Now, about the spiritual content: Oh. My. Word. Wow. The spiritual content in this book! Five stars for it!! The characters’ focus wasn’t just about finding out “who they were” or falling in love. There was so much woven through the whole book where they were honestly trying to seek God, follow Him, and glorify Him—even if it was at the cost of something or someone that they loved. Some Scripture was quoted, but more often than not, it was alluded to very clearly. It was a very edifying read in the spiritual sense. It left me feeling very uplifted, with my thoughts turned more toward God and actually seeking Him. That doesn’t happen often in a fiction book. This covers some tough issues about following God, marrying unbelievers, honoring parents, and keeping our desires surrendered to God. There was a scene toward the end (it’s the climax so I’m not going to give a spoiler) where one character felt like following God was to do something very unsavory. In essence it was noble, but if someone immature were to read this book and felt like it gave a stamp of approval on the action…that is the only fear I’d have.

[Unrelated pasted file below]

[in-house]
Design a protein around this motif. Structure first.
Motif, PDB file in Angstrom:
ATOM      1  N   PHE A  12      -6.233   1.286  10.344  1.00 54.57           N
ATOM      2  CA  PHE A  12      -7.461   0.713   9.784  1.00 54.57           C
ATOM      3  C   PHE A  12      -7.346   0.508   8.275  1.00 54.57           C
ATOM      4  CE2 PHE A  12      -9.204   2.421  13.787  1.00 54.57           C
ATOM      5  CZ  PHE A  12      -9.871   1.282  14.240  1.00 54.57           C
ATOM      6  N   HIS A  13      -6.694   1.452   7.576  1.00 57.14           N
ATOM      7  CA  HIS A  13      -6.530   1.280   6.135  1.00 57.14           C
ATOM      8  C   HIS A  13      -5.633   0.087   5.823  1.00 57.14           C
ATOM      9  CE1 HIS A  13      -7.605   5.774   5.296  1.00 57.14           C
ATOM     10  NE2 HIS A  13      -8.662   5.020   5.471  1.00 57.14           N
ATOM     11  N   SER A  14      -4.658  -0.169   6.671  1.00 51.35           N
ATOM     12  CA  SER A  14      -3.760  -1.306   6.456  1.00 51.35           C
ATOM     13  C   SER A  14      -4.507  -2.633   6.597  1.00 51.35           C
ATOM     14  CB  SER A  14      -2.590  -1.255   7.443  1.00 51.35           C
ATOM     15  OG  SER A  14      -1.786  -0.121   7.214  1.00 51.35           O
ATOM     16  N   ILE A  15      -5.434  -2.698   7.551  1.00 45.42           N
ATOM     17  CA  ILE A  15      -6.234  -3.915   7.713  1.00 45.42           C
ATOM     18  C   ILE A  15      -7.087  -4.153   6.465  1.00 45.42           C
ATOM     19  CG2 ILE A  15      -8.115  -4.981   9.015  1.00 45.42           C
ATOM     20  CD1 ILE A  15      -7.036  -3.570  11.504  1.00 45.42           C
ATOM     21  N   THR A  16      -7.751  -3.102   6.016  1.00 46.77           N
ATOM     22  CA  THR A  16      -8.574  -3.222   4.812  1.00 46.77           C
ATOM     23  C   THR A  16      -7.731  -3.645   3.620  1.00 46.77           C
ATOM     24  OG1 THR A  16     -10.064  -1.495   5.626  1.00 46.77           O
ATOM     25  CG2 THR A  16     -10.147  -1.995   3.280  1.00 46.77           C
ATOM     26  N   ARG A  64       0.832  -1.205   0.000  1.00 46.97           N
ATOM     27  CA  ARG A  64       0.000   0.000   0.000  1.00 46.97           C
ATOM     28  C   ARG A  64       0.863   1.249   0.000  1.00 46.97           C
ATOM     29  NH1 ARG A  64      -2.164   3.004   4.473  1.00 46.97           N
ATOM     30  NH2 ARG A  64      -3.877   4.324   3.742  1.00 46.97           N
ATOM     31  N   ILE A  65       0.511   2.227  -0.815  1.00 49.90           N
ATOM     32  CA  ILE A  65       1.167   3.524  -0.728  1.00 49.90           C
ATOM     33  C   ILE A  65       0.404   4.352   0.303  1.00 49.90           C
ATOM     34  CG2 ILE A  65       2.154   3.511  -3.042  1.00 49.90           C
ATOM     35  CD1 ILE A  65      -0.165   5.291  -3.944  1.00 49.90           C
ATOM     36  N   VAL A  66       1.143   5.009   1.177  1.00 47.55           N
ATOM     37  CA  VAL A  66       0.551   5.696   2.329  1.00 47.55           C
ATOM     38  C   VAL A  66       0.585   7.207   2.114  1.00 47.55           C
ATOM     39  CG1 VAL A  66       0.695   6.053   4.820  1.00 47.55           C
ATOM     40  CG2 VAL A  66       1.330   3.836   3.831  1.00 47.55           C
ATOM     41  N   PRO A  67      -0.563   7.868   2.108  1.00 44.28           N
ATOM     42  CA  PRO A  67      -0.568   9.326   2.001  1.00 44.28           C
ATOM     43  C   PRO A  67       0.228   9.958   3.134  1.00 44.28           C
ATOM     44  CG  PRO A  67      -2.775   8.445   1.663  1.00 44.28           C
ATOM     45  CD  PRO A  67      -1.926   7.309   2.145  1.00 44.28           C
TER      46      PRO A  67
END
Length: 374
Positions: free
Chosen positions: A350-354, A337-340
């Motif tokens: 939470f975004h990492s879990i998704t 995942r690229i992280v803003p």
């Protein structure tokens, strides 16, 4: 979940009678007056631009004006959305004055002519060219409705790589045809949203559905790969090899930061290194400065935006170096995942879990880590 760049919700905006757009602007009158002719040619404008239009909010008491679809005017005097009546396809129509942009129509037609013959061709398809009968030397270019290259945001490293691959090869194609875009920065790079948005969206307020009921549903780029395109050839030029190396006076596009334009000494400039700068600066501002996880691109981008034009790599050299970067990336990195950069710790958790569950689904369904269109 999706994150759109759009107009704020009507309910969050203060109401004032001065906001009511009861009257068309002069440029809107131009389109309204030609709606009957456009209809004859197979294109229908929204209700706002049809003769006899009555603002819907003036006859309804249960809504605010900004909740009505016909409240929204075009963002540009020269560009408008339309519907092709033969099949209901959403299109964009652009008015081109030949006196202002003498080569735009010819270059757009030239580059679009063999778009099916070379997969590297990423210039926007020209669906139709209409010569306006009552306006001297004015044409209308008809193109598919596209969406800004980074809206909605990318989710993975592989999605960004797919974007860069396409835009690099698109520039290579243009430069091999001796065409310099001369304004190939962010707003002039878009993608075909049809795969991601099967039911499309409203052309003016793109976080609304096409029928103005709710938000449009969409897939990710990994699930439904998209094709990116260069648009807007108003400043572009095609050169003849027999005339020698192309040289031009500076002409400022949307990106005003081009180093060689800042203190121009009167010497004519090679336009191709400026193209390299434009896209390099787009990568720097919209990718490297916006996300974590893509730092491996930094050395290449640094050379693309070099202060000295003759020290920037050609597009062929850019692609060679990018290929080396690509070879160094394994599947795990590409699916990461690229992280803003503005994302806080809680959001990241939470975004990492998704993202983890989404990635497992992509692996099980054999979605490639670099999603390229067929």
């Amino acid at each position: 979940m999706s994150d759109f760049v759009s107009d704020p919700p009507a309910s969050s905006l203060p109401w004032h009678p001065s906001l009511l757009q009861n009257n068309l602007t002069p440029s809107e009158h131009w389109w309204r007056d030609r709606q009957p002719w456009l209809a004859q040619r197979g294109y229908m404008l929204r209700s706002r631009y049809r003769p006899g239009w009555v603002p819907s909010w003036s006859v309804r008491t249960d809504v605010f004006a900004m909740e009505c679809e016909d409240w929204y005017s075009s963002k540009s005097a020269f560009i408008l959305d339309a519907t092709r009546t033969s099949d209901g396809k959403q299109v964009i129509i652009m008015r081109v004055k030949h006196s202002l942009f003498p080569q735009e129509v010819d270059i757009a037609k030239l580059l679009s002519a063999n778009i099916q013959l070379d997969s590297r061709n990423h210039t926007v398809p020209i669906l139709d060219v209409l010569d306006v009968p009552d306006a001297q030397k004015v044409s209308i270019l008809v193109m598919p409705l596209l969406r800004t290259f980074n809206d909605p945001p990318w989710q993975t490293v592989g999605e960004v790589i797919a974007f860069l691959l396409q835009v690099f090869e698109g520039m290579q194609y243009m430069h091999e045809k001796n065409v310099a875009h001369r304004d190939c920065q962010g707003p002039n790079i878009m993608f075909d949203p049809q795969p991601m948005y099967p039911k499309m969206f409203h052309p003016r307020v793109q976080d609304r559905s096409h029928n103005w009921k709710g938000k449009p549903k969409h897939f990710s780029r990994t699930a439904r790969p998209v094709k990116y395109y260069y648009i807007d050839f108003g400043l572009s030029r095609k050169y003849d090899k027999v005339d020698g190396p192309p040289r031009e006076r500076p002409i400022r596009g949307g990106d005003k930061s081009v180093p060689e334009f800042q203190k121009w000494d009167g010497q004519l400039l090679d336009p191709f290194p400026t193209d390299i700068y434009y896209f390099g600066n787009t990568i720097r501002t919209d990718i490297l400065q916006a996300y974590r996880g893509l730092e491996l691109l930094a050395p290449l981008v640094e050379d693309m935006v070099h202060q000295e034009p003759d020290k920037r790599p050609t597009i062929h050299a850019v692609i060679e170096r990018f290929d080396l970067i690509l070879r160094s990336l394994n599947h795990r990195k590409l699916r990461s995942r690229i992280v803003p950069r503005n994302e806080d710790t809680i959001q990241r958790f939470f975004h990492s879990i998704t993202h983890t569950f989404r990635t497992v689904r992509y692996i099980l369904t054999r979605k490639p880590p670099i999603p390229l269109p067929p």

There was definitely romance in this book. I really liked the era-portrayal of arranged marriages. It was more of a mix of arranged/falling in love, so it probably wasn’t 100% accurate, but it wasn’t completely inaccurate either. As far as the actual romance goes, there was admiration, some kissing, and such. Because the book was more about the girls’ family struggles than their romantic interests, it didn’t feel like the main plot of the book, though it was definitely there. There were quite a few mentions of prostitution and dangers of women alone on the streets, but nothing at all explicit was portrayed. Because of it all, though, I would recommend it for 18+ conservative readers.